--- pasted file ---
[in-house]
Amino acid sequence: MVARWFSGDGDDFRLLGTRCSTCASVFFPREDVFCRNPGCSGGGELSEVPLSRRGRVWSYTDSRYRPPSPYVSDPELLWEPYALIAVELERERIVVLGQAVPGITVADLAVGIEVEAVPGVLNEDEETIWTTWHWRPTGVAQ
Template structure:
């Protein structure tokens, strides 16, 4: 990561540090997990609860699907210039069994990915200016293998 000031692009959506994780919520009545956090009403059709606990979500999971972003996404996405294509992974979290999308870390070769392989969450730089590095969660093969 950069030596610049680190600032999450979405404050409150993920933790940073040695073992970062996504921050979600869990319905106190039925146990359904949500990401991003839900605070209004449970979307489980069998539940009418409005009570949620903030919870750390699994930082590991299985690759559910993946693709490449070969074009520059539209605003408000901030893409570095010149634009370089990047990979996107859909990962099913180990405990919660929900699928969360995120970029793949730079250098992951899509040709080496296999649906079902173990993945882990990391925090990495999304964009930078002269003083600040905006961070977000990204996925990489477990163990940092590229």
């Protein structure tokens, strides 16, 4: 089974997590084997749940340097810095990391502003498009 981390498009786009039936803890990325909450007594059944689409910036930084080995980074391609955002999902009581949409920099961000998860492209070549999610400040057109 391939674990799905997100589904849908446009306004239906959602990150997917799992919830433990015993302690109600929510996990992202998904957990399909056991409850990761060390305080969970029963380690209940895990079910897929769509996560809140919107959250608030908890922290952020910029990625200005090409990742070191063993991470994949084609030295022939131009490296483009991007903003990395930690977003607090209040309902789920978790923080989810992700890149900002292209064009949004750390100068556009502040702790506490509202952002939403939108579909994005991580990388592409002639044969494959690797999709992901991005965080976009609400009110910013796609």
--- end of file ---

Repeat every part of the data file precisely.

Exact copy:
[in-house]
Amino acid sequence: MVARWFSGDGDDFRLLGTRCSTCASVFFPREDVFCRNPGCSGGGELSEVPLSRRGRVWSYTDSRYRPPSPYVSDPELLWEPYALIAVELERERIVVLGQAVPGITVADLAVGIEVEAVPGVLNEDEETIWTTWHWRPTGVAQ
Template structure:
């Protein structure tokens, strides 16, 4: 990561540090997990609860699907210039069994990915200016293998 000031692009959506994780919520009545956090009403059709606990979500999971972003996404996405294509992974979290999308870390070769392989969450730089590095969660093969 950069030596610049680190600032999450979405404050409150993920933790940073040695073992970062996504921050979600869990319905106190039925146990359904949500990401991003839900605070209004449970979307489980069998539940009418409005009570949620903030919870750390699994930082590991299985690759559910993946693709490449070969074009520059539209605003408000901030893409570095010149634009370089990047990979996107859909990962099913180990405990919660929900699928969360995120970029793949730079250098992951899509040709080496296999649906079902173990993945882990990391925090990495999304964009930078002269003083600040905006961070977000990204996925990489477990163990940092590229």
């Protein structure tokens, strides 16, 4: 089974997590084997749940340097810095990391502003498009 981390498009786009039936803890990325909450007594059944689409910036930084080995980074391609955002999902009581949409920099961000998860492209070549999610400040057109 391939674990799905997100589904849908446009306004239906959602990150997917799992919830433990015993302690109600929510996990992202998904957990399909056991409850990761060390305080969970029963380690209940895990079910897929769509996560809140919107959250608030908890922290952020910029990625200005090409990742070191063993991470994949084609030295022939131009490296483009991007903003990395930690977003607090209040309902789920978790923080989810992700890149900002292209064009949004750390100068556009502040702790506490509202952002939403939108579909994005991580990388592409002639044969494959690797999709992901991005965080976009609400009110910013796609």